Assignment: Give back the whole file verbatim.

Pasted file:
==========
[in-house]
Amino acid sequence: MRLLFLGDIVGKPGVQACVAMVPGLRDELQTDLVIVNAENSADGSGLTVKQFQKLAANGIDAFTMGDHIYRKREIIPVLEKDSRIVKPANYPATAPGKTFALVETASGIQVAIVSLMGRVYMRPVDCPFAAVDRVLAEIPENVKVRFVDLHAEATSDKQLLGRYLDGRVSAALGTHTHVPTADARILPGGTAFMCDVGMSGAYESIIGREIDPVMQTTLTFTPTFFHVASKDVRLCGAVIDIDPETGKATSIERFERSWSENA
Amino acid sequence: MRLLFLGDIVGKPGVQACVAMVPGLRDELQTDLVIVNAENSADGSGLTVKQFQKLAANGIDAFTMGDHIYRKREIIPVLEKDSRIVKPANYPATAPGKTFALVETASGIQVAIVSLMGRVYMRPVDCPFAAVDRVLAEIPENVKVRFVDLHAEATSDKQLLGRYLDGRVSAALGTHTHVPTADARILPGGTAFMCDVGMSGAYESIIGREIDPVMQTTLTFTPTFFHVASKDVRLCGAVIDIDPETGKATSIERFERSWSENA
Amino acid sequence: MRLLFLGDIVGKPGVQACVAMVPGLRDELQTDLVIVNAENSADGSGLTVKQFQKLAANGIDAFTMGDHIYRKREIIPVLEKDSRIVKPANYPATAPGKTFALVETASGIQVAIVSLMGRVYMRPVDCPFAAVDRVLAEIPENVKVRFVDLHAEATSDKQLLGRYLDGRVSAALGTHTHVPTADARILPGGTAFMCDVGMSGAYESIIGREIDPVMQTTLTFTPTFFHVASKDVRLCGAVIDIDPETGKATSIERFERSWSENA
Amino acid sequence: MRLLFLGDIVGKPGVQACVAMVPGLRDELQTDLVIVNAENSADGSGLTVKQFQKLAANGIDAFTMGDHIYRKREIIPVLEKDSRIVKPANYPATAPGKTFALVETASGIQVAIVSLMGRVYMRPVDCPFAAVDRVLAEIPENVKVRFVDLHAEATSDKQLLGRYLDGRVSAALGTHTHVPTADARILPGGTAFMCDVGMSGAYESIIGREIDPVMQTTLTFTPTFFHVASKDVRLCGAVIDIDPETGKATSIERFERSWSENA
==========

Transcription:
[in-house]
Amino acid sequence: MRLLFLGDIVGKPGVQACVAMVPGLRDELQTDLVIVNAENSADGSGLTVKQFQKLAANGIDAFTMGDHIYRKREIIPVLEKDSRIVKPANYPATAPGKTFALVETASGIQVAIVSLMGRVYMRPVDCPFAAVDRVLAEIPENVKVRFVDLHAEATSDKQLLGRYLDGRVSAALGTHTHVPTADARILPGGTAFMCDVGMSGAYESIIGREIDPVMQTTLTFTPTFFHVASKDVRLCGAVIDIDPETGKATSIERFERSWSENA
Amino acid sequence: MRLLFLGDIVGKPGVQACVAMVPGLRDELQTDLVIVNAENSADGSGLTVKQFQKLAANGIDAFTMGDHIYRKREIIPVLEKDSRIVKPANYPATAPGKTFALVETASGIQVAIVSLMGRVYMRPVDCPFAAVDRVLAEIPENVKVRFVDLHAEATSDKQLLGRYLDGRVSAALGTHTHVPTADARILPGGTAFMCDVGMSGAYESIIGREIDPVMQTTLTFTPTFFHVASKDVRLCGAVIDIDPETGKATSIERFERSWSENA
Amino acid sequence: MRLLFLGDIVGKPGVQACVAMVPGLRDELQTDLVIVNAENSADGSGLTVKQFQKLAANGIDAFTMGDHIYRKREIIPVLEKDSRIVKPANYPATAPGKTFALVETASGIQVAIVSLMGRVYMRPVDCPFAAVDRVLAEIPENVKVRFVDLHAEATSDKQLLGRYLDGRVSAALGTHTHVPTADARILPGGTAFMCDVGMSGAYESIIGREIDPVMQTTLTFTPTFFHVASKDVRLCGAVIDIDPETGKATSIERFERSWSENA
Amino acid sequence: MRLLFLGDIVGKPGVQACVAMVPGLRDELQTDLVIVNAENSADGSGLTVKQFQKLAANGIDAFTMGDHIYRKREIIPVLEKDSRIVKPANYPATAPGKTFALVETASGIQVAIVSLMGRVYMRPVDCPFAAVDRVLAEIPENVKVRFVDLHAEATSDKQLLGRYLDGRVSAALGTHTHVPTADARILPGGTAFMCDVGMSGAYESIIGREIDPVMQTTLTFTPTFFHVASKDVRLCGAVIDIDPETGKATSIERFERSWSENA